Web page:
learning is a great way to be a participant observant.
(Refer Slide Time 06:53)

An example of this is the work of Robert Desjarlais among Yolmo community in Nepal.
Desjarlais was studying healing practices that the community follows. In the process of this
research, he trained to become Yolmo shaman or healer. This is participating through
learning. It is similar to my work with the Bhil artists, where I participated in their world by
learning their art form.

(Refer Slide Time 07:24)

My work with the Bhils is also an example of collaboration as participant observation. In
working together to make a film about their art tradition, we became collaborators.
(Refer Slide Time 07:37)

This gave me a new way of participating and learning about the Bhils, and the film became a
shared project, which each of us owned and worked on.

(Refer Slide Time 07:48)

Volunteering or working with the community we want to study is another way of
participating. Researchers studying buying behaviour, for example, often play the role of
salespersons at shops, assisting customers and learning about the factors that drive buying
decisions.

(Refer Slide Time 08:07)

Qualitative researcher, Amir Marvasti, in trying to work with homeless people took on the
job of a volunteer staff at the homeless shelter. Even though he was not living as them or with
them, he was able to play a certain role in their world of which the shelter was a part

(Refer Slide Time 08:27)

Sometimes there are more structured or formal groups within the participants' community
that we can become a part of.
(Refer Slide Time 08:34)

In conducting research on British migrants to Spain, Karen O'Reilly found clubs which some
of the migrants were a part of. These clubs played an important role in their social lives.
O'Reilly joined some of these clubs as a way of accessing her participants. By becoming a
part of the club's activities, she automatically became a part of participants' social lives. Let
us take a minute to revise what we have learnt. Over the course of this section, we have been
discussing different ways of doing participant observation. I would like you to make a
diagram or a mindmap of these. Here is how you can go about it.

(Refer Slide Time 09:19)

Go to this mind map tool, or take a sheet of paper and some pens.
(Refer Slide Time 09:23)

Think of the different ways of doing participant observation that we have discussed. Map
these onto your mindmap, for each way of doing participant observation note down one
distinguishing feature. Then take a picture or a screenshot of the map you have created and
post it on our discussion forum. Take a minute to make your notes.

(Refer Slide Time 09:57)

Here is a collection of case studies of participant observation. Go through these and then you
can take a quiz to revise and test what you have learnt just like with immersion, there are also
degrees of participant observation. We will discuss this in our next section.We can participate in different ways in the lives of our participants. We can be less or more
involved and participate in tasks that are peripheral or central to their lives.
(Refer Slide Time: 00:17)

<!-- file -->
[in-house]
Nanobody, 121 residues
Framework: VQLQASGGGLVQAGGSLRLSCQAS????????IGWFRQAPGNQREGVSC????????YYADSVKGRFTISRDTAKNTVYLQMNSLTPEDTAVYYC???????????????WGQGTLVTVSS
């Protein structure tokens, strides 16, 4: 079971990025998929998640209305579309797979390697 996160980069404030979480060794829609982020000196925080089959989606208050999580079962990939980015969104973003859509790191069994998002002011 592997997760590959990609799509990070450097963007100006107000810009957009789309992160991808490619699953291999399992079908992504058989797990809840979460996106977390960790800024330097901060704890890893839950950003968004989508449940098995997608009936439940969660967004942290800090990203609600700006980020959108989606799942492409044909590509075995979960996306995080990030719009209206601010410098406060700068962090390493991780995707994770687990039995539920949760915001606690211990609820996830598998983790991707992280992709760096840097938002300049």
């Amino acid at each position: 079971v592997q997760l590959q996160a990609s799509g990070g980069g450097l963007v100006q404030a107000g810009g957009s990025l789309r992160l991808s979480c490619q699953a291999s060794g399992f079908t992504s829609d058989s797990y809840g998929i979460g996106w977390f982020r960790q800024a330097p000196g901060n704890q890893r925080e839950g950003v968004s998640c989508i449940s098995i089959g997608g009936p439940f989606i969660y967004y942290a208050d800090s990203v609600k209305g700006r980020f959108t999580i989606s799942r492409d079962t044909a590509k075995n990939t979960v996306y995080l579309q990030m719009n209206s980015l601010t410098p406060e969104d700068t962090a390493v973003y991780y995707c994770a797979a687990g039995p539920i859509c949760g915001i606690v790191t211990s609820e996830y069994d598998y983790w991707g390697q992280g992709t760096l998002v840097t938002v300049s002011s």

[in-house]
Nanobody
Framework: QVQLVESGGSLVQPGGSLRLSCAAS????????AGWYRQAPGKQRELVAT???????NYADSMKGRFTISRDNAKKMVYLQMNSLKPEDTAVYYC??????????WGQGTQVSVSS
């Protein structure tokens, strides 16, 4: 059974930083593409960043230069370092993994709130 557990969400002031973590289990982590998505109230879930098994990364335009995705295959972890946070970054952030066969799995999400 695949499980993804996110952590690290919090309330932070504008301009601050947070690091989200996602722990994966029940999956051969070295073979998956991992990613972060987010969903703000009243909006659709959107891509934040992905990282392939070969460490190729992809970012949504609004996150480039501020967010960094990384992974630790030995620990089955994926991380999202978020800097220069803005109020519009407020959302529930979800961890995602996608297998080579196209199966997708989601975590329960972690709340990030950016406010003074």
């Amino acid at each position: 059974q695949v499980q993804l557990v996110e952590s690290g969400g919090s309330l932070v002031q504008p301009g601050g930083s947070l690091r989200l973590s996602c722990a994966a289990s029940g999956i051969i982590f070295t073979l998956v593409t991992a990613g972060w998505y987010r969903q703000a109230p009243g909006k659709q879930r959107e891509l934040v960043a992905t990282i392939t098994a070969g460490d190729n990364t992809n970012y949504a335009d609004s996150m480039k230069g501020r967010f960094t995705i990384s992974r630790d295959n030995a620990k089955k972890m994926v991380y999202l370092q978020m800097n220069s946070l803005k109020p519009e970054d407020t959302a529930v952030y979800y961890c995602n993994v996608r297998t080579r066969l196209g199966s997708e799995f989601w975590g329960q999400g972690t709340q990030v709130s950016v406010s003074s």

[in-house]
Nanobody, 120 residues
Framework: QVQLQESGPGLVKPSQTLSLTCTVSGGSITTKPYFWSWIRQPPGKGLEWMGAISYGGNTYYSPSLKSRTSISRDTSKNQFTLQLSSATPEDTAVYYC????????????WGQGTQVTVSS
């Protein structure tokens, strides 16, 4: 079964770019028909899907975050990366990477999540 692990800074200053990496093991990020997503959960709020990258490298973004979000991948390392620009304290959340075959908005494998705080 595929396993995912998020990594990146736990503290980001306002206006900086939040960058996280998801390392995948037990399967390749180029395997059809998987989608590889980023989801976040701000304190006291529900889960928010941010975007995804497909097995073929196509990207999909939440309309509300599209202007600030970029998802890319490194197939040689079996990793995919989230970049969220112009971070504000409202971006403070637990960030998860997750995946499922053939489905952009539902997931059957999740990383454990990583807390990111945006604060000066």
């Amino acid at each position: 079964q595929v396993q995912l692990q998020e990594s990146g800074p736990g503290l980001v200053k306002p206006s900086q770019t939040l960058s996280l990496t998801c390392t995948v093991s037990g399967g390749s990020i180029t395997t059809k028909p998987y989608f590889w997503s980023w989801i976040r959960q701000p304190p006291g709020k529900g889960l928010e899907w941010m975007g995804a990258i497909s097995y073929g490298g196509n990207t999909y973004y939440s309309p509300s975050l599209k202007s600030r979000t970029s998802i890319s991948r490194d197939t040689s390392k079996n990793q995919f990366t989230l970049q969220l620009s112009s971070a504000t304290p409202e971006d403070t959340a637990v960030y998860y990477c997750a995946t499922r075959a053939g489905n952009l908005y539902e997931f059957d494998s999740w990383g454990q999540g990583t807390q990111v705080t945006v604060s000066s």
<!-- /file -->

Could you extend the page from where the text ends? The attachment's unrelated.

For the sake of explanation, we can say there are different degrees of participation. Sometimes
we find ethnographers taking on the roles of very people they are interested to learn from. In
these instances, the researcher attempts to experience the way of life, the daily activities and the

tasks of the participants. So we see ethnographers taking on the role of taxi drivers, factory
workers, musicians, midwives, and so on. By critically reflecting on their own experiences in this
new role, they try to understand the perspectives of their participants. Some ethnographers
choose to live in the context but maintain their own personal space within it.
(Refer Slide Time: 01:01)

Laura Ring's work in Karachi is such an example. For the period of her research, Ring lived in
the apartment in the very building that formed the location of her fieldwork. She lived alongside,
but not with her participants. Doing this enabled her to maintain a boundary between her
personal life and her research.

(Refer Slide Time: 01:24)

There are also plenty of cases where researchers step in and out of the context. The work of
Beatrice Potter Webb is one such example. Potter Webb is considered among the earliest of
participant-observers. She was interested in studying the lives of working-class people in newly
industrialised England. So, she would take on certain jobs that enabled her to gain access and
study the lives of her participant population. She is known to have worked as a rent collector and
as a seamstress in the working-class neighbourhoods of London.

She would do these jobs for brief periods of time, such as a few weeks, or a few months. During
the period in which she was employed in one of these jobs, she would go do her research in
working-class neighbourhoods, in the daytime. And in the evening, she would return to her home
in an affluent part of the city. In this way, she would step in and out of the life of the rent
collector and her own life, and her engagement remained limited to the working conditions and
not the living conditions of her participants.
(Refer Slide Time: 02:37)